I ordered a stepper motor driver board assembly which is used a lot in the hobbyist community called the “EasyDriver”. I could have easily incorporated a driver into my final PCB design, but with this bd. I could experiment with the stepper immediately. Not only that, the bd. costs a fraction of what the parts alone would cost.


This is a good time to describe InkBot’s overall structure. The whole unit is about 9” long and 3” wide. I used 2 small sheets of .062” fiberglass, essentially PCB material with no copper. These are cut in patterns to create a front & rear “frame”, essentially platforms to build on. In the composite CAD drawings shown here, these  platforms are in dark green.


All other elements in the drawings are 3D parts I designed and printed. There are a total of 13 printed parts counting both wheels & both stepper brackets (i.e. 11 designs). Some seem to be located in space because the other parts (Y-servo, Z-servo, stepper motor, tires, PCB, battery holder, stepper driver PCB assy, Bluetooth module, switch, hardware) are not present.


The stepper motor / wheels assembly is attached to the front platform with two 3D printed “brackets”. These bracket surround 3 sides of the motor and have feet which are screwed to the platform. This creates a very solid mount for the relatively heavy stepper. Also, it couples all the torque of the motor to the chassis.


Since the stepper driver bd. only has two asymmetrical mounting holes, I designed a mounting base for it with integral standoffs and tabs with 4 mounting holes. This allowed me to attach it to the top of the stepper brackets with sheet metal screws.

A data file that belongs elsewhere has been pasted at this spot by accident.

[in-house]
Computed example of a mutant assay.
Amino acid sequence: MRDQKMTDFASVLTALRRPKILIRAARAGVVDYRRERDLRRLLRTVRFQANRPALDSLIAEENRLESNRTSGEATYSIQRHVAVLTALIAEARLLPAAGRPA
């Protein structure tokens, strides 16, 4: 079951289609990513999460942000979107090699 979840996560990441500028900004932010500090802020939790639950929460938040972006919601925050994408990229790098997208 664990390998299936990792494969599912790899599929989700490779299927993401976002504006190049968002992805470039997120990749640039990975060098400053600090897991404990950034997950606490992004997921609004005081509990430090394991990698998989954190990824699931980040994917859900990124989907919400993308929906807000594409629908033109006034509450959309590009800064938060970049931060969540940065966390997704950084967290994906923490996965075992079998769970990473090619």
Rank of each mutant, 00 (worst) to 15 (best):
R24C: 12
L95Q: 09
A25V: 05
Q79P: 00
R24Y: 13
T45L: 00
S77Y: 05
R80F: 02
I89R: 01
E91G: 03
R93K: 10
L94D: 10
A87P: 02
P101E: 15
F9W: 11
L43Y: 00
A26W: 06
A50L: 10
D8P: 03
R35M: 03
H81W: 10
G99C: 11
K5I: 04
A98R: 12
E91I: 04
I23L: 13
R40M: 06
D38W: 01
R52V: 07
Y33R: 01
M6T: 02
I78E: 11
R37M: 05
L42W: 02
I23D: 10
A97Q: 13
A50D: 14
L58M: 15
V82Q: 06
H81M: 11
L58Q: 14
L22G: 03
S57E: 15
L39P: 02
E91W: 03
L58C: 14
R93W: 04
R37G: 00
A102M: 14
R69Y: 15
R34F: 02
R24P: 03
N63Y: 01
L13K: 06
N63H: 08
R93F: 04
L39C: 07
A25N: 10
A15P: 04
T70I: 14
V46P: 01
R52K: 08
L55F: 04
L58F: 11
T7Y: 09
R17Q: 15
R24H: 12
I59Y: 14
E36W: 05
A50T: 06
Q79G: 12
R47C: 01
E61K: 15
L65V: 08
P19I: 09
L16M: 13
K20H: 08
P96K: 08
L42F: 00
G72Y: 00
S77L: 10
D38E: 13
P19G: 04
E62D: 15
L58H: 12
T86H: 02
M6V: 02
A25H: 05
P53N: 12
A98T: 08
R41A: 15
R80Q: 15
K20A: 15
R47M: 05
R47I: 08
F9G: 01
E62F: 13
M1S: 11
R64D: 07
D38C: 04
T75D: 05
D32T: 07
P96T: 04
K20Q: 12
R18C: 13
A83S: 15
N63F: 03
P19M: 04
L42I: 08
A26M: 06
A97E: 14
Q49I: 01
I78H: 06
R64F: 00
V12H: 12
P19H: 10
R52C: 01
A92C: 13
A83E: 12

That takes care of the front section. The central area is one 3D structure (see photo of raw print) that ties together the following (from the bottom up): the front platform, a small alcove which sandwiches in the power switch, then the most forward area of the rear platform. On top of that is a large void where the battery pack (black box with red & black wires coming out of it) resides. Above that goes InkBot’s custom PCB, which is mounted to the top of the 4 pillars of the central structure with sheet metal screws.


At the front of the rear section we first encounter the small blue Z-servo motor, held up at just the right height by a kind of “tower” bracket. You can see it’s yellow / orange / brown wiring pigtail exiting the servo’s rear.


The Z-servo’s output “horn” (lever which comes with servos that transmits the motion energy) is attached to a 3D printed “arm”. This arm has a clevis at each end. When the servo’s output shaft turns, the horn goes through an arc. This pushes or pulls the arm which in turn raises or lowers the Y-servo and it’s custom “carriage” located at the very rear of InkBot.


The carriage was necessary to provide a pivot point at the bottom of the assembly so the Y-servo and therefore the pen can be raised and lowered. Those pivot points are actually the head of a fillister screw sitting in a drilled-out hole of a small angle bracket on each side.